Figure 1. Thermal Study Results.
Using the Excel graph we will analyze the results of each thermal study using “Original (Al)” as our baseline for comparison.
Thick Wall Aluminum Design: Wait… What??
At first glance the results from the thick wall design are perplexing. Why would the thicker aluminum piston transfer heat faster than the thin wall version? The answer: contact area. The thick wall design has a contact area between the piston and brake pad that is over twice as much as the thin wall design. Given that the thermal study assumes a constant heat input of 1200°F over the entire piston-pad interface it makes sense that the heat transfers to the bottom face faster.
We can safely rule this design out but we did learn that minimizing piston-pad contact area might be another design avenue that we could pursue in a later design cycle.
AISI 304 Stainless Steel Design: Too much of a good thing?
Judging from the chart the 304 (SS) piston is clearly the best performing design. It’s thermal profile suggests that even with 45 seconds of constant braking force the bottom face barely exceeds 400°F! Great results from a thermal properties perspective but, as we showed in part one of this story, the weight increase from switching materials was 0.7 pounds of unsprung mass to the front wheel. This increase makes the SS piston design less desirable from a vehicle dynamics viewpoint. Adding unsprung mass to the front of the motorcycle adversely affects suspension performance, and maneuverability; very significant factors in racing.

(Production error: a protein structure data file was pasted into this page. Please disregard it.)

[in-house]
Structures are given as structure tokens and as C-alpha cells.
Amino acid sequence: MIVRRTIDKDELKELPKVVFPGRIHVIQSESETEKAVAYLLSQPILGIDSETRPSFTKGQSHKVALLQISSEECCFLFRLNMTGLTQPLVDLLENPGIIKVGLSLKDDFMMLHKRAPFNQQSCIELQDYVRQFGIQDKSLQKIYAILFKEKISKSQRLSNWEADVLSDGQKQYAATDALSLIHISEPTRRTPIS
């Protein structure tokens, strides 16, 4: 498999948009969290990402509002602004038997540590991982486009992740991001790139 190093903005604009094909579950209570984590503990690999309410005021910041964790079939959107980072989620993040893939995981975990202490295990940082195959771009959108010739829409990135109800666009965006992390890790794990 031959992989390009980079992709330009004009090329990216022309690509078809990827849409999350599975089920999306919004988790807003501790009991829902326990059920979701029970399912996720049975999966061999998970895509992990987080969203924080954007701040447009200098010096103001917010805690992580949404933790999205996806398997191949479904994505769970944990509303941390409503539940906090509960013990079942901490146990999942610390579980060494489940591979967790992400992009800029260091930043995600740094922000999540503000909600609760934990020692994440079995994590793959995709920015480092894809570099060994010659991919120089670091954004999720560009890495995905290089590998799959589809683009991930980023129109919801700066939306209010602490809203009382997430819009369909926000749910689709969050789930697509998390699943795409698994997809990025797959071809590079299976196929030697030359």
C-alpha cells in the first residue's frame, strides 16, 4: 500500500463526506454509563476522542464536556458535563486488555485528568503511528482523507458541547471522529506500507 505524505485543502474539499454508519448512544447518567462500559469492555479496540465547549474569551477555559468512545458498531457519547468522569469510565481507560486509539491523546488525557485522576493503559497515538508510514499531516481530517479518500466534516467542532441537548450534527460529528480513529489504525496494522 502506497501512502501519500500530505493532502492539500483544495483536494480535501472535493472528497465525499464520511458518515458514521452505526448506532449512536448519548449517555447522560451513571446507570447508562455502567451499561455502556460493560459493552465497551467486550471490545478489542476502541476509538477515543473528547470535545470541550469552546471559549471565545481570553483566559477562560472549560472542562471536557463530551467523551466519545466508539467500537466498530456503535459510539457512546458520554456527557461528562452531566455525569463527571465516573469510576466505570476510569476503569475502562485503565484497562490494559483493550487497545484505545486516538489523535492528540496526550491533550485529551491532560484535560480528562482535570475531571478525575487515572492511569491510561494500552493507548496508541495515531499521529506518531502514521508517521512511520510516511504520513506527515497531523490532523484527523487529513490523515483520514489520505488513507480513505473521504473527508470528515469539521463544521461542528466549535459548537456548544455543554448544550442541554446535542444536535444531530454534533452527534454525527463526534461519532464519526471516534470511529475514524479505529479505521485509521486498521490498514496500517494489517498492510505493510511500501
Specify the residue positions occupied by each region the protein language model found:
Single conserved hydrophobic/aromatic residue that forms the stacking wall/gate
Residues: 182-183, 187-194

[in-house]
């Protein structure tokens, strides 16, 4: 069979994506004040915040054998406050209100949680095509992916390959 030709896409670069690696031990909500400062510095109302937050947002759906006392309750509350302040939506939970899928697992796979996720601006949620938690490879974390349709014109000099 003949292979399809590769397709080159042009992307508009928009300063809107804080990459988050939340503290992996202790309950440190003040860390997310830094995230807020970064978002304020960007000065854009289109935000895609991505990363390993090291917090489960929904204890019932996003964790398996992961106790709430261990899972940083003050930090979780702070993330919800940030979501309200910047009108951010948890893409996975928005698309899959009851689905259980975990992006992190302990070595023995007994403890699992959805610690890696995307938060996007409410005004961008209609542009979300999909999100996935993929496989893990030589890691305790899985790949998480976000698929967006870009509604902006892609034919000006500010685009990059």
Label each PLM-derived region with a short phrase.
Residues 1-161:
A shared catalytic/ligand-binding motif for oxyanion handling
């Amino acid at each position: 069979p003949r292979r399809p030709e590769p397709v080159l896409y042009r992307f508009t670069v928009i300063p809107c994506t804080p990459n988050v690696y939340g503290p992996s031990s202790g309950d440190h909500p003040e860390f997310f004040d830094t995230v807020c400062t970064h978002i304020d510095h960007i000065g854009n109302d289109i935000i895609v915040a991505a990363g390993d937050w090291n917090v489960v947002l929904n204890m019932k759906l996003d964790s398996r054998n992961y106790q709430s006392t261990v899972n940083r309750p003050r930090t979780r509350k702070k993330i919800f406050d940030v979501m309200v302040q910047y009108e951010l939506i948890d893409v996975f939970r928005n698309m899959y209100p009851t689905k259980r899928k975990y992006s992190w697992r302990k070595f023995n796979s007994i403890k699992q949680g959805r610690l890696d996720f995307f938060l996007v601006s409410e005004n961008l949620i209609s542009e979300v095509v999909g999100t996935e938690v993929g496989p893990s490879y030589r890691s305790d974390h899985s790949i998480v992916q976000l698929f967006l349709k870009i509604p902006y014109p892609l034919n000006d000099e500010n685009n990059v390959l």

What’s the point of eliminating brake fade if lap times are slower right? This design won’t be entirely ruled out but rather, will be considered a last resort.
AISI 304 Stainless Steel Insert with Original Design: Goldilocks?
Let’s look at our final design; the SS insert in the shortened original piston. From the chart we see that this design is a considerable improvement over the original aluminum design. For example, at 10 seconds the insert design is at 600°F while the original design is over 950°F! Not as impressive as the full SS piston but as we saw in part one, the weight increase of the insert was only 0.15 pounds, a small enough mass increase that the difference in vehicle dynamics should be negligible.